Thursday, October 6, 2011
Rifkin on Energy, Communications and Complex Societies
I still don't think that a distributed hydrogen grid could supply the same density of energy that fossil fuels does. I'm not convinced that distributed energy will run the kind of "global" economy that we have now (which, he is right, is in its death throes). If Rifkin followed Rifkin's own thinking, the third industrial revolution is distributed production, in which each locality produces what it needs and trades with other nearby localities. Instead of globalized agribusiness, we have small farms everywhere that produce food for a local market. I can't say with any certainty how a "distributed manufacturing system" would operate.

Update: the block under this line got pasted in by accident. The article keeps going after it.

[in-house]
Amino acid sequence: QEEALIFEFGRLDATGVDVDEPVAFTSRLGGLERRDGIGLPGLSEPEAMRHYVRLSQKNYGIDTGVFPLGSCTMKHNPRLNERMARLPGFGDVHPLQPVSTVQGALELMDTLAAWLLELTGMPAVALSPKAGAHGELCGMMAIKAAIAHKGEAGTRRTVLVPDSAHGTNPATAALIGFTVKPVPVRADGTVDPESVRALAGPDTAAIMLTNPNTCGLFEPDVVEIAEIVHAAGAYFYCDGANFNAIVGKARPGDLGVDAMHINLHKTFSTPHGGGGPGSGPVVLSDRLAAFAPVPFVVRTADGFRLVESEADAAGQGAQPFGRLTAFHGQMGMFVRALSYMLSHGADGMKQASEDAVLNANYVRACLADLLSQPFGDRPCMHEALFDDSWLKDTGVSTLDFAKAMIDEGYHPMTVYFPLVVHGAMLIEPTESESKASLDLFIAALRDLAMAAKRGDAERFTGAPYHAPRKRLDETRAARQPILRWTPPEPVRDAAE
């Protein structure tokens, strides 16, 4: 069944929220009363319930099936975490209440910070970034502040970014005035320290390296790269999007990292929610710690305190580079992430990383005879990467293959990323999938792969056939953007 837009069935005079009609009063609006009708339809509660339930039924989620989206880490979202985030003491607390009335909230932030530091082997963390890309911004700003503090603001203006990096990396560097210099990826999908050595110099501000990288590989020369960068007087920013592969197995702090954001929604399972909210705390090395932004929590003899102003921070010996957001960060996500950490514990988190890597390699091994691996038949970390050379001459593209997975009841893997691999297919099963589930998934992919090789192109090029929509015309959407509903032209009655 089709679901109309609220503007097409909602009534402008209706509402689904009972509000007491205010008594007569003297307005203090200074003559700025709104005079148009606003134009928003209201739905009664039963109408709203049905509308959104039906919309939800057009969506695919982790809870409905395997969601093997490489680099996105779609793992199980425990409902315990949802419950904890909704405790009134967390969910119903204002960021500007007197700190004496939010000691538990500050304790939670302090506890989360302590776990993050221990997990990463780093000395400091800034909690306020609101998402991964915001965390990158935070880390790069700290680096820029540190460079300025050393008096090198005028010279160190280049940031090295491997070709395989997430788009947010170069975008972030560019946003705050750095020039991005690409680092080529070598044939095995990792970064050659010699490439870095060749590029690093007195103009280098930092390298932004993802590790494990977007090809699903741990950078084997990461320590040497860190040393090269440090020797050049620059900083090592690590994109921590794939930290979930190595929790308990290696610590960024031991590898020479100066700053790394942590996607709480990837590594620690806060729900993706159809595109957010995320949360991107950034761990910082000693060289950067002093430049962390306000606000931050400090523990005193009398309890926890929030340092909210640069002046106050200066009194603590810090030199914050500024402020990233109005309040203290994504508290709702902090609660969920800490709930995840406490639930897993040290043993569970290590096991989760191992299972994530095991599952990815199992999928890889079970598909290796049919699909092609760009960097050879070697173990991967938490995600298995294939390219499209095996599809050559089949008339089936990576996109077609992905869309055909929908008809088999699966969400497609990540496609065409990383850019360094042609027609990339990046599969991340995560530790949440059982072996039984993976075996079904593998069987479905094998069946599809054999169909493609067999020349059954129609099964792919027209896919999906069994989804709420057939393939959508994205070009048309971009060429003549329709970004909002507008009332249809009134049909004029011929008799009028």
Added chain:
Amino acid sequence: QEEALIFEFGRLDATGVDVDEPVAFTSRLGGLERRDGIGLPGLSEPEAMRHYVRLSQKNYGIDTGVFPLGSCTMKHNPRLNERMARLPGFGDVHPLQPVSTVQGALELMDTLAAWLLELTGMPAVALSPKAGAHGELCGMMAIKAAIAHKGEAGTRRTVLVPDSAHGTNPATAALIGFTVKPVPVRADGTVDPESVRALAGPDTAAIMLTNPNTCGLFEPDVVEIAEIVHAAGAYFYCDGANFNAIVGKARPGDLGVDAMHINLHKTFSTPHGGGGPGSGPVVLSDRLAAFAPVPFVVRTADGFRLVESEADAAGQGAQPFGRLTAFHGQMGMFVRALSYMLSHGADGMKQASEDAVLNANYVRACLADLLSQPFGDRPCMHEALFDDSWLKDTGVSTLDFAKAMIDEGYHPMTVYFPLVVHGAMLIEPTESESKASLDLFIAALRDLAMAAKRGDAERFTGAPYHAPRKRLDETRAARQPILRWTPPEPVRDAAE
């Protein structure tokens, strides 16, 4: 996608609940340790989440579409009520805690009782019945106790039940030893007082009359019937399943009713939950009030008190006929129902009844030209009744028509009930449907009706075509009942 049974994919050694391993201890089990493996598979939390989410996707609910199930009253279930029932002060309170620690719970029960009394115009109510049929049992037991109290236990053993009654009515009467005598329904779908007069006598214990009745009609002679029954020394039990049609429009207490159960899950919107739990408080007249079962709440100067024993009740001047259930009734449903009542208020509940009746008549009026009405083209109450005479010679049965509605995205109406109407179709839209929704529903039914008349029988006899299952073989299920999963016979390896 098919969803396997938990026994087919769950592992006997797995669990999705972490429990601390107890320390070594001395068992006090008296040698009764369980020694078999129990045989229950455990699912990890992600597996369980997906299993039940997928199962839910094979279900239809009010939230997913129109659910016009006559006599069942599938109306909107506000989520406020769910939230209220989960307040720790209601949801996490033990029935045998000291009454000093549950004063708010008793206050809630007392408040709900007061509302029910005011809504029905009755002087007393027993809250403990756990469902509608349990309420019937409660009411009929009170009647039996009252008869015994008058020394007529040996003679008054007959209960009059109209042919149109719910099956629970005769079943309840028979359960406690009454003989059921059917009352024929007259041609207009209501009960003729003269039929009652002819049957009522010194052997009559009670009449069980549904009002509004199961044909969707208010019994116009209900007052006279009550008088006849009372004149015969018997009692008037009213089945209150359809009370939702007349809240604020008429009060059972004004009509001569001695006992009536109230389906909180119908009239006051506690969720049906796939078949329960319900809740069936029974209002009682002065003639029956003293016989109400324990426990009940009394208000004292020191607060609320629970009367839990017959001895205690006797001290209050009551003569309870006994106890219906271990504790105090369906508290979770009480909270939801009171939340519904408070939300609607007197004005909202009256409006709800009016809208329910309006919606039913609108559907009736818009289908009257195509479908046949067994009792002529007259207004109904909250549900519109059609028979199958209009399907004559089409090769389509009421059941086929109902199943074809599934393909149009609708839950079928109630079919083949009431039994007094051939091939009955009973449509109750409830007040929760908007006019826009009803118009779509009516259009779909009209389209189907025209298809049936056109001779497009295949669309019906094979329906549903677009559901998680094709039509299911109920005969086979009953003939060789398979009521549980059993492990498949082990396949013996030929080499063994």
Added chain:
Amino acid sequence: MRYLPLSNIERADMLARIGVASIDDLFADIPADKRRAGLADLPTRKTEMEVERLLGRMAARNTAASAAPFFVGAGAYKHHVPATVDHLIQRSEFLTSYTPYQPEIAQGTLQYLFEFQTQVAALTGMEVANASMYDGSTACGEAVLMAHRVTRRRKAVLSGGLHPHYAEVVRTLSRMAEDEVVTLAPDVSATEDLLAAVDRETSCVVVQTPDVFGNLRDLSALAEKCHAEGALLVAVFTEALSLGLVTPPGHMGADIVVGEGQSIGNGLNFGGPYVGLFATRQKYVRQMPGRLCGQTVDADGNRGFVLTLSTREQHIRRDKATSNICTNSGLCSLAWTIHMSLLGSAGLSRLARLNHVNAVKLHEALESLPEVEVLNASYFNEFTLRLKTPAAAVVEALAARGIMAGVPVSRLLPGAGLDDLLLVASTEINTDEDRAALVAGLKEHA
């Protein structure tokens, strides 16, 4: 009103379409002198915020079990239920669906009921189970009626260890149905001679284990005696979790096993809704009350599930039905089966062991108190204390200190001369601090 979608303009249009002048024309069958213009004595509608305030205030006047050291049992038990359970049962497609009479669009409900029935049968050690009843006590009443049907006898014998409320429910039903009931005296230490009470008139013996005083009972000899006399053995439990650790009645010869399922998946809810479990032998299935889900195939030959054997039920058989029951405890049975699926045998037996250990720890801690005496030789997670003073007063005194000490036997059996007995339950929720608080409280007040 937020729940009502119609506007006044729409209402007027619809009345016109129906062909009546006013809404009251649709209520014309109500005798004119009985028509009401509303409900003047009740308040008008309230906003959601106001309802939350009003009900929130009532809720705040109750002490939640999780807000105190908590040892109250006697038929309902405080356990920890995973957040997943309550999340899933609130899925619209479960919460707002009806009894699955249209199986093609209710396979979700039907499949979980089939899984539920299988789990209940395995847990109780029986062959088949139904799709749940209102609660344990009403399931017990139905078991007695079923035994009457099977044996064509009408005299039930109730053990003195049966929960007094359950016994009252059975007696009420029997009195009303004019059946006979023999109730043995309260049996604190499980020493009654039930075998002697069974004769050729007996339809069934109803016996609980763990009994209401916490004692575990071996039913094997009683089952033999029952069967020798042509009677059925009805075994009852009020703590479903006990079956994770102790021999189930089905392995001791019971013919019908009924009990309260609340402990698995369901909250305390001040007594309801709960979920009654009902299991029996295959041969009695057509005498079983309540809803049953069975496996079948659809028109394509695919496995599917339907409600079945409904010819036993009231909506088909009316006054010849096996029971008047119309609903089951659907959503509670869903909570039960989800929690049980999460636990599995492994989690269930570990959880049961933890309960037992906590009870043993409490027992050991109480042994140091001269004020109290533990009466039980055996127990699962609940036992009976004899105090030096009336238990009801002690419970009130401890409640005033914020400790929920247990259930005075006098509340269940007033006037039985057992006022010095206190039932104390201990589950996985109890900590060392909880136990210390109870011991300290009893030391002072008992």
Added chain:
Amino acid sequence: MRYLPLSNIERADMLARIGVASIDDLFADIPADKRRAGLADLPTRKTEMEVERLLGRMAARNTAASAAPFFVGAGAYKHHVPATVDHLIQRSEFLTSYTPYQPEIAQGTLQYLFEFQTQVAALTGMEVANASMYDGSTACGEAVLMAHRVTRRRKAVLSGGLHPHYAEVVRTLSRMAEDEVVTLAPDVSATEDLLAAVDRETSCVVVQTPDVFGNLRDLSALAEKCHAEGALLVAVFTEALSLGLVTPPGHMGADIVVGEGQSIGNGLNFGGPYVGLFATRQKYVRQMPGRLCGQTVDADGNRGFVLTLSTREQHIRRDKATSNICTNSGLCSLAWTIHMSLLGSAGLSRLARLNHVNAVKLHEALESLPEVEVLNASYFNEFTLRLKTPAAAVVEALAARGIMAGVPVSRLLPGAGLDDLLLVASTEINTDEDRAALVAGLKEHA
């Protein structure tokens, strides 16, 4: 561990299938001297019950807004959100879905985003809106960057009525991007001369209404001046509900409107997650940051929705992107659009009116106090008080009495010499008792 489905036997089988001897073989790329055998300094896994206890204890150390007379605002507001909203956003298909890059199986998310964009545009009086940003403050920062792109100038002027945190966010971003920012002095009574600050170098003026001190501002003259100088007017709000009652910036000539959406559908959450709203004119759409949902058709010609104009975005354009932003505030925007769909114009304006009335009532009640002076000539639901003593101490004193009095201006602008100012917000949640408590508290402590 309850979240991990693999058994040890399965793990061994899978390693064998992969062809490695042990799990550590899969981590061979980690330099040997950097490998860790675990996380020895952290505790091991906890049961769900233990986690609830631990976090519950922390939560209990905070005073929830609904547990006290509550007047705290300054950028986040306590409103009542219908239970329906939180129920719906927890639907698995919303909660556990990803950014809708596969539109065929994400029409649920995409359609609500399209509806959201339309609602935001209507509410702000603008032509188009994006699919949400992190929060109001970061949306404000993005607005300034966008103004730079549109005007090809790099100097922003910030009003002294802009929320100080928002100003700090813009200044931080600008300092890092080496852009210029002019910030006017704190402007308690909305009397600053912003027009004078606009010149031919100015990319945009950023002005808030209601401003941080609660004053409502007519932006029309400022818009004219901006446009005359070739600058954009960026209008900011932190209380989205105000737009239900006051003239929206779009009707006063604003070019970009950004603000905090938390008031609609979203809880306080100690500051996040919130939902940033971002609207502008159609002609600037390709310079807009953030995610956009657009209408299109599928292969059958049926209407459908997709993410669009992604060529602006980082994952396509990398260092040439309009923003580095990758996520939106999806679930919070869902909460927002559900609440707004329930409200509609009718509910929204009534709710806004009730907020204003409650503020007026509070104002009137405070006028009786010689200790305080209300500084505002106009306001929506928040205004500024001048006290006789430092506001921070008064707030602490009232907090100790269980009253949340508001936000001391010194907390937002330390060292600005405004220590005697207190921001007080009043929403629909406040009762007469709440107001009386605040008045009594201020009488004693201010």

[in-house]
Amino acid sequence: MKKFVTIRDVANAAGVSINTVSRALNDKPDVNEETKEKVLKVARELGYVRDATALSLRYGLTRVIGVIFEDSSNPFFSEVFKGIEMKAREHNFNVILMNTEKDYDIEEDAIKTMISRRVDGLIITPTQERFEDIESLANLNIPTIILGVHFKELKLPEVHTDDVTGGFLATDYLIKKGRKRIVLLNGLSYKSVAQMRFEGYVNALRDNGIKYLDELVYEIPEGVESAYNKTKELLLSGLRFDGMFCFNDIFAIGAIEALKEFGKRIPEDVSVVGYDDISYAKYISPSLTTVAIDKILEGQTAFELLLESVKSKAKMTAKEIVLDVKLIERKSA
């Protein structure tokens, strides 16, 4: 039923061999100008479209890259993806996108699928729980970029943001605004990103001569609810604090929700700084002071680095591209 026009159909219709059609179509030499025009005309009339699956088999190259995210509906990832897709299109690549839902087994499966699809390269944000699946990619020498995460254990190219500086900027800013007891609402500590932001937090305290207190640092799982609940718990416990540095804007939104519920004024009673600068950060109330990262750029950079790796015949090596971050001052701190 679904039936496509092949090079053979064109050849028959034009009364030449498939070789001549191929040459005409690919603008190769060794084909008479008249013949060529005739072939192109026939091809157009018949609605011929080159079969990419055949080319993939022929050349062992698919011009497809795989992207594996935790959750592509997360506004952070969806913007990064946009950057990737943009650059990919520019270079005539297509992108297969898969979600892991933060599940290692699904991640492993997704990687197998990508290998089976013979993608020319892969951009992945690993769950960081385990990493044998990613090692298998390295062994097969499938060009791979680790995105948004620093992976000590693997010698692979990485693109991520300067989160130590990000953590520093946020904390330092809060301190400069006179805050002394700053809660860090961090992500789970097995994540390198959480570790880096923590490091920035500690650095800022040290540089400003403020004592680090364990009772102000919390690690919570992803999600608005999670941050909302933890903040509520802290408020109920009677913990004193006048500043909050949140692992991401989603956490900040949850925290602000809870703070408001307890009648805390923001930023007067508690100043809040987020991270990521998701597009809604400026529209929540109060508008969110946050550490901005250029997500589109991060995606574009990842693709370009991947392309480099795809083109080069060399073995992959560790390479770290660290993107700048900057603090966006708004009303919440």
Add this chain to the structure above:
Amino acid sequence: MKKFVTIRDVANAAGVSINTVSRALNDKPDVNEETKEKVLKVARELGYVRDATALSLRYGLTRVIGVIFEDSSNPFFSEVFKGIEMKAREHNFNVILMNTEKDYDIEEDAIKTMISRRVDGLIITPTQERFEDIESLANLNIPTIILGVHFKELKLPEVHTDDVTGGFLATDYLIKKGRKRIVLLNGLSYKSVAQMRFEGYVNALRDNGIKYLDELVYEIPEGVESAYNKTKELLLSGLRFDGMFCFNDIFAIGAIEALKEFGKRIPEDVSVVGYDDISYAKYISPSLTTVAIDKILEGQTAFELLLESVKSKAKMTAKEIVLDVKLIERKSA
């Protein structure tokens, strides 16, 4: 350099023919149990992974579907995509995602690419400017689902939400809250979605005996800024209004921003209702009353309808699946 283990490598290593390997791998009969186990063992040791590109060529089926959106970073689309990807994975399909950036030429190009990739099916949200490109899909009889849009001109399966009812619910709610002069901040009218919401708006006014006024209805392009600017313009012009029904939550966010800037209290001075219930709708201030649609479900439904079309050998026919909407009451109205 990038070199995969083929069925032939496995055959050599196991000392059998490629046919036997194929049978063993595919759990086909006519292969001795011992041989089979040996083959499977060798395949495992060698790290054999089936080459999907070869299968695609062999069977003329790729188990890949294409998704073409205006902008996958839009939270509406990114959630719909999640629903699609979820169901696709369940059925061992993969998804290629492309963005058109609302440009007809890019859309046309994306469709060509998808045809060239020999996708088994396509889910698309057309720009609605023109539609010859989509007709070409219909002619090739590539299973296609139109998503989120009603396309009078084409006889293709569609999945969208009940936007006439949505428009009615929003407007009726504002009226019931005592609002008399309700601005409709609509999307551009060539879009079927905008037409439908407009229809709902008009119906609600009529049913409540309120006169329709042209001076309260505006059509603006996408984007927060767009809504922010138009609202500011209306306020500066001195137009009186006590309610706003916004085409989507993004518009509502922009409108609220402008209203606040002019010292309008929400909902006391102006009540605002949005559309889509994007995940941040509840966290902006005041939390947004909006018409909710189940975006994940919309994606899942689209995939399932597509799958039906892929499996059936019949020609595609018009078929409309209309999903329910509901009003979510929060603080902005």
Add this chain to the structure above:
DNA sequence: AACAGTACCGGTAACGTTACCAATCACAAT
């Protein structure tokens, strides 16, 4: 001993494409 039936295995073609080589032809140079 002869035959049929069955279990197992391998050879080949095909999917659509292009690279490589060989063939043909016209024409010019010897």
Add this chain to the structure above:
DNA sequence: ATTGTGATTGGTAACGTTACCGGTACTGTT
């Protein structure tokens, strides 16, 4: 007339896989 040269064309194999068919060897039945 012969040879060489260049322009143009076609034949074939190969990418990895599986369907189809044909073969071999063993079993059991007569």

The biggest hole in Rifkin's thesis is that he's only talking about electricity production: he's not talking about transport energy. Electrified transportation is only good for short distances (compared with gasoline, diesel and jet fuel). Reliance on electricity for transport would be a limiting factor that would tend to localize production, and would discourage trading over long distances. And that's another reason why Rifkin's distributed energy grid won't fuel a globalized economy. But for him to leave the discussion of mobility and transport out of the discussion altogether seriously weakens his thesis. As Robert Hirsch said again recently, the peak oil crisis is a liquid fuel crisis that primarily impacts transportation.